As of Friday, more than 17.5 million pre-election votes had been cast in 46 states, according to data from election officials Edison Research and Catalist.
Early voter turnout has kept pace with the 2018 midterm elections, but it’s too early to tell if total voter turnout will meet or exceed the year’s record, as the 2020 election cycle could have a big impact on voting habits.
Two states – Florida and Texas – cast more than 2 million votes each. Almost 1.9 million votes were cast in California, and more than 1.3 million in Georgia.
Some of the voter data comes from Catalist, which provides data, analytics and other services to Democrats, academics and nonprofits to help track who is voting ahead of November.
Unlike most battleground states this cycle, Republicans in Florida have cast more votes than Democrats this year, according to data from the Florida Department of State.
Some Florida counties began in-person voting this week, but all counties are set to begin voting on Saturday.
While the margin is narrow — Florida Republicans cast 41 percent of the primary vote to Democrats’ 40 percent — it’s a reversal from this point two years ago, when Republicans cast 35 percent of the primary vote and Democrats 43 percent, according to Catalist.
Still, it’s a return to the pattern of 2018, when Florida Republicans held a 43 percent to 39 percent advantage over Democrats in early voting at this point in the cycle.
That year, Floridians elected Republican Ron DeSantis as governor, while Gov. Rick Scott unseated Democratic Senator Bill Nelson, also by a narrow margin. DeSantis is seeking a second term this year, while senior state Sen. Marco Rubio is running for a third term. Both are up for grabs next month.
Pre-election polls in Nevada tell a different story.
Democrats have cast 42% of the pre-election vote so far, compared to 35% for Republicans, according to Catalist.
In 2018, Silver State Republicans held a narrow lead at this point in the cycle, with 41% of the vote to Democrats’ 40%.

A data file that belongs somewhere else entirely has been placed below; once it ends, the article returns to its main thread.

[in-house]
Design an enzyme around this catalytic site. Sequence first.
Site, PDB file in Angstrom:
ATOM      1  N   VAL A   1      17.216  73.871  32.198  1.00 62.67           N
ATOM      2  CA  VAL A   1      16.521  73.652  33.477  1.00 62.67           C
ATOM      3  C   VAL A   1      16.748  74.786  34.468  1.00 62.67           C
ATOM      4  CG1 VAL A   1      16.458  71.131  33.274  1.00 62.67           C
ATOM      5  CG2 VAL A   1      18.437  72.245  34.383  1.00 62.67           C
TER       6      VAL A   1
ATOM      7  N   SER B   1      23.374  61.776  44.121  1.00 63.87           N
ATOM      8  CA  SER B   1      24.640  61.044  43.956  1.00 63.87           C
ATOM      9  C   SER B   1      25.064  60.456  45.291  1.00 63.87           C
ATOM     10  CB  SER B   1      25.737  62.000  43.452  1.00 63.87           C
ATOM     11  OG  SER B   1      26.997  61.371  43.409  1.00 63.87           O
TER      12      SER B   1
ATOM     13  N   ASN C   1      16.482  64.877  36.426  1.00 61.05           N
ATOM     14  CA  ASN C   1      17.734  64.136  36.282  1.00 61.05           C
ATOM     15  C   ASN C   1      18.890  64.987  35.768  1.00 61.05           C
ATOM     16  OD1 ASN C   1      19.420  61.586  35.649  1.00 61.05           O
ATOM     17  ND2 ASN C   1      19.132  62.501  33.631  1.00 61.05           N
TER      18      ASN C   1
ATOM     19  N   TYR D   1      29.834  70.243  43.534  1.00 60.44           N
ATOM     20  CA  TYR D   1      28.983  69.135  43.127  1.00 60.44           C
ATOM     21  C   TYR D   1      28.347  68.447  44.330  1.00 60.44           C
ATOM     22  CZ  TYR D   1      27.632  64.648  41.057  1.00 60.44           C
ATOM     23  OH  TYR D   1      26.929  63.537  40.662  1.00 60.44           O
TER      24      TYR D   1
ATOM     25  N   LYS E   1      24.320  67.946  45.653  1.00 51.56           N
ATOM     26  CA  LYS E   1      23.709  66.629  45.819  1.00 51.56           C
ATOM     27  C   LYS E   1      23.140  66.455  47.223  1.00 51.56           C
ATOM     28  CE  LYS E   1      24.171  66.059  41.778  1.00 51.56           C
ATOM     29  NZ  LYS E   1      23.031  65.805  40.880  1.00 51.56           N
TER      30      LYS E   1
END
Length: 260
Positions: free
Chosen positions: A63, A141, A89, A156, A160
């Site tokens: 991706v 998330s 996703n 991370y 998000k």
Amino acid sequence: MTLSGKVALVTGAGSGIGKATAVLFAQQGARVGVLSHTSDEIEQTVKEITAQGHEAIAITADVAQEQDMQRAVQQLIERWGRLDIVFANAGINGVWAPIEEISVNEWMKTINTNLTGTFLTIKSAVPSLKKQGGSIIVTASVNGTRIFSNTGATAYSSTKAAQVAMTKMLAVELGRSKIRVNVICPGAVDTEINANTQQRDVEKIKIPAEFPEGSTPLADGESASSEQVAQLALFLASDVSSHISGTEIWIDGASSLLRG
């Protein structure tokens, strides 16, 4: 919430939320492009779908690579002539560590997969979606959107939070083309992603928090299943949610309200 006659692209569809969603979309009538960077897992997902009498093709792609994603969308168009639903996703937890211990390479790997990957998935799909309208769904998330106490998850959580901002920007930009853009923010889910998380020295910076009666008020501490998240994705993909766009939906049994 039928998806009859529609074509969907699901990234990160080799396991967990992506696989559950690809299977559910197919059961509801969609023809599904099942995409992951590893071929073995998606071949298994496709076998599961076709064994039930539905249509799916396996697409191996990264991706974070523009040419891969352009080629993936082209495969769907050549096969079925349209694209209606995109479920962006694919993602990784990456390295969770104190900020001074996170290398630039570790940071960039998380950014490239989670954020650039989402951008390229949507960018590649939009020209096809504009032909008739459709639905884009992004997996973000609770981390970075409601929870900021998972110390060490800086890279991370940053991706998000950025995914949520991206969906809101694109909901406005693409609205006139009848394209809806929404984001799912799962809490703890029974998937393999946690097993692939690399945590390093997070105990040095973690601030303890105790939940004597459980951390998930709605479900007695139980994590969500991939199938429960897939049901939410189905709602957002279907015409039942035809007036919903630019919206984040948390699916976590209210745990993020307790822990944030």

Nevada will face several contested races this year, with Republicans targeting Gov. Steve Sisolak, Sen. Catherine Cortez Masto and three Democratic members of the US House.
Pre-election data is not predictive of final results. In recent years, Democrats have been more likely to vote before Election Day, while Republicans have preferred to vote on Election Day.
In Pennsylvania, where Democrat John Fetterman and Republican Mehmet Oz are facing off in one of the most competitive Senate races in the country, the pre-election poll is about the same as it was two years ago.
Republicans have 20% of the pre-election vote – the same percentage they made up at this point in 2020 – and Democrats 72%, up slightly from 71% at this point two years ago.
President Joe Biden and Vice President Kamala Harris will make a rare appearance in Philadelphia on Friday evening as they campaign to boost Pennsylvania Democrats in the run-up to the election.
In Georgia, data shows that the pre-election population is older than in 2020.
Voters between the ages of 22 and 29 cast only 4% of pre-election votes. At this point in the 2020 cycle, they made up 7% of the pre-election votes.
30 to 39 year olds cast 8% of the pre-election vote, down from 10% at this point in 2020. 11% of those who voted in Georgia are between 30 and 49 years old; two years ago, this age group had a share of 13%.
In the Peach State, 32 percent of pre-election voters are between the ages of 50 and 64, up from 29 percent in 2020, and 43 percent are 65 or older, up from 38 percent at this point in 2020.
Biden, in 2020, was the first Democratic candidate to carry Georgia since Bill Clinton in 1992. The state also elected two Democratic senators – Jon Ossoff and Raphael Warnock – in the January 2021 election. Warnock is seeking a full six-year term. next month against Republican Herschel Walker in a race that could decide control of the US Senate. Republican Gov. Brian Kemp is also on the ballot as he bids for a second term in a 2018 rematch against Democrat Stacey Abrams.